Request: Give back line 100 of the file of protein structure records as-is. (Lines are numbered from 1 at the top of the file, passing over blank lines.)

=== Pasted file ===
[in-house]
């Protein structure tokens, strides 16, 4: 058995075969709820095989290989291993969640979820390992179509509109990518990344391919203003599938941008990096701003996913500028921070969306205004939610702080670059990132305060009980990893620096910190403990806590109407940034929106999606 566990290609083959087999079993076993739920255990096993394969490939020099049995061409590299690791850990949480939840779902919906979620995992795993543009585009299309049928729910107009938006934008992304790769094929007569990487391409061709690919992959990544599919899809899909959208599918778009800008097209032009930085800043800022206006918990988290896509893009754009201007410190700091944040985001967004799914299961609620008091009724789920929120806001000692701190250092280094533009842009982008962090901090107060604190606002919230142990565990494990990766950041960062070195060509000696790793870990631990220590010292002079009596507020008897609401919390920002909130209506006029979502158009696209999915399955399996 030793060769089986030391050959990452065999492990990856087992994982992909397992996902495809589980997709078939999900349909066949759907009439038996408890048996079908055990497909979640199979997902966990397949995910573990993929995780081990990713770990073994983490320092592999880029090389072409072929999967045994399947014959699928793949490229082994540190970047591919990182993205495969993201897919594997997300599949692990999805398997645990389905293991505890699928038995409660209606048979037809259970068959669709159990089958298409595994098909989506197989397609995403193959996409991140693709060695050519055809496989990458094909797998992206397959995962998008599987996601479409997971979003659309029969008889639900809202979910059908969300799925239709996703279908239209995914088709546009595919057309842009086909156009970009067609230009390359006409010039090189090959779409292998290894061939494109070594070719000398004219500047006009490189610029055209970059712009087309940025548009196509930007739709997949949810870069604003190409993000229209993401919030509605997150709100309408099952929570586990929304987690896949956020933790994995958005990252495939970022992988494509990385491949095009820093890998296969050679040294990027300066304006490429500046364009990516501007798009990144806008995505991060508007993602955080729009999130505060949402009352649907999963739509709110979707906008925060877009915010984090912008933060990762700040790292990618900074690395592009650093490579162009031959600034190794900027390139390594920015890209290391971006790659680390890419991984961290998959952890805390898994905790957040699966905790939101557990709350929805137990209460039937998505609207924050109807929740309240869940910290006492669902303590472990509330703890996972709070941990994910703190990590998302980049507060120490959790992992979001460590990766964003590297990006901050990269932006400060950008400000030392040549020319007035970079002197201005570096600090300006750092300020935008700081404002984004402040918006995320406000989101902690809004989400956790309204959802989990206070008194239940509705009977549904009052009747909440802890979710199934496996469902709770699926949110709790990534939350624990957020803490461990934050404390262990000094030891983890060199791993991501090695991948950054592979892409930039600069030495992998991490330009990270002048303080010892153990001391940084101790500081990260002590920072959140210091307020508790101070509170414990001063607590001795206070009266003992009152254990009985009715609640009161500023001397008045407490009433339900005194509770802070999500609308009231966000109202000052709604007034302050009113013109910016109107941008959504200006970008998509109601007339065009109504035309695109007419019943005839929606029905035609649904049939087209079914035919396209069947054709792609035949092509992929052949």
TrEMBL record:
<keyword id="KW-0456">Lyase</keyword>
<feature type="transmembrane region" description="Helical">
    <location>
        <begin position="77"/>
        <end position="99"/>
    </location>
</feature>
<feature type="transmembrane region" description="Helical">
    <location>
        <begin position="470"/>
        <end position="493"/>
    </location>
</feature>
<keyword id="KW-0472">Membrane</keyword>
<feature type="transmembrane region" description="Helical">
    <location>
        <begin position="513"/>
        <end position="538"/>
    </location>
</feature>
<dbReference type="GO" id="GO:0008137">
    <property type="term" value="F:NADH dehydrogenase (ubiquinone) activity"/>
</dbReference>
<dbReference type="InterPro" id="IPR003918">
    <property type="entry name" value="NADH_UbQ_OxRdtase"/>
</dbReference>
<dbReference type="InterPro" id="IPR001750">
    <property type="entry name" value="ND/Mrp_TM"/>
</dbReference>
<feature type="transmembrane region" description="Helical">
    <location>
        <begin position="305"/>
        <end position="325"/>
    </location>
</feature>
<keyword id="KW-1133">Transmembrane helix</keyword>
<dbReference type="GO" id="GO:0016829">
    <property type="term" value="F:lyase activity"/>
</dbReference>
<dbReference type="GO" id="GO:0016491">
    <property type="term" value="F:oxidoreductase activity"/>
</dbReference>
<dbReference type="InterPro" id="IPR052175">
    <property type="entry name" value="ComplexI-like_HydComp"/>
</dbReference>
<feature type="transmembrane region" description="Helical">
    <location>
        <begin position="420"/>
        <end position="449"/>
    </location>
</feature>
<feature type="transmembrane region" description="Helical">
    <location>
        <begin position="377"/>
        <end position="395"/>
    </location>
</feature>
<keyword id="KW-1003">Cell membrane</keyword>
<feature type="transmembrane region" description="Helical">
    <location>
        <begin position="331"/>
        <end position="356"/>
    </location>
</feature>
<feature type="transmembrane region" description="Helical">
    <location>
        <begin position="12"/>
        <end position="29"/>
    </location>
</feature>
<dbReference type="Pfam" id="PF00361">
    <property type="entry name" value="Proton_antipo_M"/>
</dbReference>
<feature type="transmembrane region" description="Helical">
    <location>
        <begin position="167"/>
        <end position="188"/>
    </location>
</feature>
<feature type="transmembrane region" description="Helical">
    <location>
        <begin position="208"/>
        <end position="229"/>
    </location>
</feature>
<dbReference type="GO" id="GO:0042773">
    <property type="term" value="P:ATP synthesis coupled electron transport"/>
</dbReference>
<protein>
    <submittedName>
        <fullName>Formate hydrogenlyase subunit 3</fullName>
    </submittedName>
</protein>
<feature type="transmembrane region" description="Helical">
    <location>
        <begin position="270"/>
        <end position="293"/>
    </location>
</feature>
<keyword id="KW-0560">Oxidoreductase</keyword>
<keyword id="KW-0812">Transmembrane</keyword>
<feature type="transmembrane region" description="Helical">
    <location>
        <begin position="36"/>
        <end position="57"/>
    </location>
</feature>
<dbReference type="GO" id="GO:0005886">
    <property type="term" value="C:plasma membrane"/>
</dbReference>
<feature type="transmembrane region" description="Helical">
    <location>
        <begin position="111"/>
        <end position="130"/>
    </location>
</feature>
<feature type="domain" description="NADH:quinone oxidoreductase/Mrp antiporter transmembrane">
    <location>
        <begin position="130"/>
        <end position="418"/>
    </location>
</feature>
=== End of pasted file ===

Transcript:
        <end position="293"/>